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NASA tests ELTsNASA tests ELTs

Not all pass with flying colorsNot all pass with flying colors

NASA video

Tightly spaced black dots against a white background is the livery of doom for aircraft at NASA’s Langley Research Center, but a paint scheme that could help make the rest of us safer in the end.

A research team at the aeronautical research facility in Hampton, Virginia, is busy analyzing the results of a recent 82-foot drop test involving a 1958 Cessna Skyhawk sacrificed for science, and four emergency locator transmitters purchased off the shelf.

Interestingly, not all of them activated within 50 seconds (the design specification) after the Cessna 172 plunged at 72 feet per second onto a concrete pad, the first in a series of planned tests—this one designed to simulate a controlled emergency landing on a hard surface.

NASA reported that the three stragglers did trigger “a short time later,” and the team will take some time to figure out why three of the four took a little extra time. (Note to self: a compelling reason to activate during descent, if able when comes to that.)

The setup for the test was much the same as in drop tests conducted in 2013 and 2014 involving CH-46 helicopters chock full of sensors and crash test dummies, painted in that same polka dot scheme that enhances analysis of images captured by high-speed cameras. Elastic deformation of the fuselage during impact can be studied in detail at leisure through a technique knowns as photogrammetry.

NASA found three Skyhawk owners willing to sell their aircraft into research being conducted under the Emergency Locator Transmitter Survivability and Reliability Project. Manager Chad Stimson said the research began probing for weaknesses at the system level.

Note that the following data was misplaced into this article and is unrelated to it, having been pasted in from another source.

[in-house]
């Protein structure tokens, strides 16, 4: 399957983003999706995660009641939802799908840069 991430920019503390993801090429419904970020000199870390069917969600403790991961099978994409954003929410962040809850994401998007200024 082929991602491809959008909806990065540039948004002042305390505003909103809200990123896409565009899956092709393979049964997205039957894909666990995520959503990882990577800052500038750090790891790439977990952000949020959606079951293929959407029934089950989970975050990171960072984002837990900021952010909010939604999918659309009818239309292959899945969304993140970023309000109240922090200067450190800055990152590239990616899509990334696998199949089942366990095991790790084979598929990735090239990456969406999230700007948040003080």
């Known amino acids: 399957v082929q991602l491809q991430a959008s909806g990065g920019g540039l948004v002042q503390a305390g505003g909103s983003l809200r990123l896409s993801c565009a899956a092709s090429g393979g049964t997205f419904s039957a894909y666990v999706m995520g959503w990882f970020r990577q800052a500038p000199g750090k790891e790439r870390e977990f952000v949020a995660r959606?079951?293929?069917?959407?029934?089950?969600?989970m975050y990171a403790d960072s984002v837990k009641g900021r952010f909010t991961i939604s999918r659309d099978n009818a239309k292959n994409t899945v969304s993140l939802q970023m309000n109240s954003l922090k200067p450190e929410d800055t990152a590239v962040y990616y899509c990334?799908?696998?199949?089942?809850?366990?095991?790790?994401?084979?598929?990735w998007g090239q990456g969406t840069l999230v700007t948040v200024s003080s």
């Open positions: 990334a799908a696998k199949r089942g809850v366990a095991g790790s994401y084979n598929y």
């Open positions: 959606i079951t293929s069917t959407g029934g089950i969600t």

The crash test simulated a controlled emergency landing on a highway or runway. Technicians had to set up a large yellow net to keep the airplane from going into a pool that is used for spacecraft water impact testing.

"What we found was we needed to study ELTs at the component level first to better understand why the systems fail," Stimson said. “Too often they fail to work as expected, in part, because of inadequate performance specifications in several areas including vibration, fire survivability, automatic activation, crash safety and system installation.”

NASA chose the Cessna 172 because it is the most common general aviation airframe, though there is no evidence that ELT performance is affected by differences between aircraft. The aeronautics and space agency also made a point to celebrate its work on behalf of general aviation, which is not always headline-grabbing. The mission is nonetheless taken to heart, according to Lisa Mazzuca, NASA Search and Rescue mission manager.

"There needs to be a technical arm that typically works in the background to allow search and rescue forces to affect rescues using satellite-based technology,” Mazzuca said. “NASA's here to innovate that technology, which will ultimately improve the probability of a successful rescue."

The recent and future drop tests could help refine the placement and other installation details for future ELTs in GA aircraft, NASA noted.

Air Safety Institute offers tips for forced landings

A number of factors impact the effectiveness of an ELT in the event of a forced landing, but pilots can better their odds of being found quickly by carrying survival equipment and following guidance in the Air Safety Institute's Survive: Beyond the Forced Landing. The institute recommends pilots not rely on an ELT as their main emergency signal and carry a communication device such as personal locator beacon, radio, or cellphone in their survival vest as well as a signaling device to help reduce the time it takes to be found.

Jim Moore

Jim Moore

Editor
AOPA Online Editor Jim Moore joined AOPA in 2011 and is an instrument-rated private pilot who enjoys competition aerobatics.
Topics: Safety and Education, Gear, Emergency

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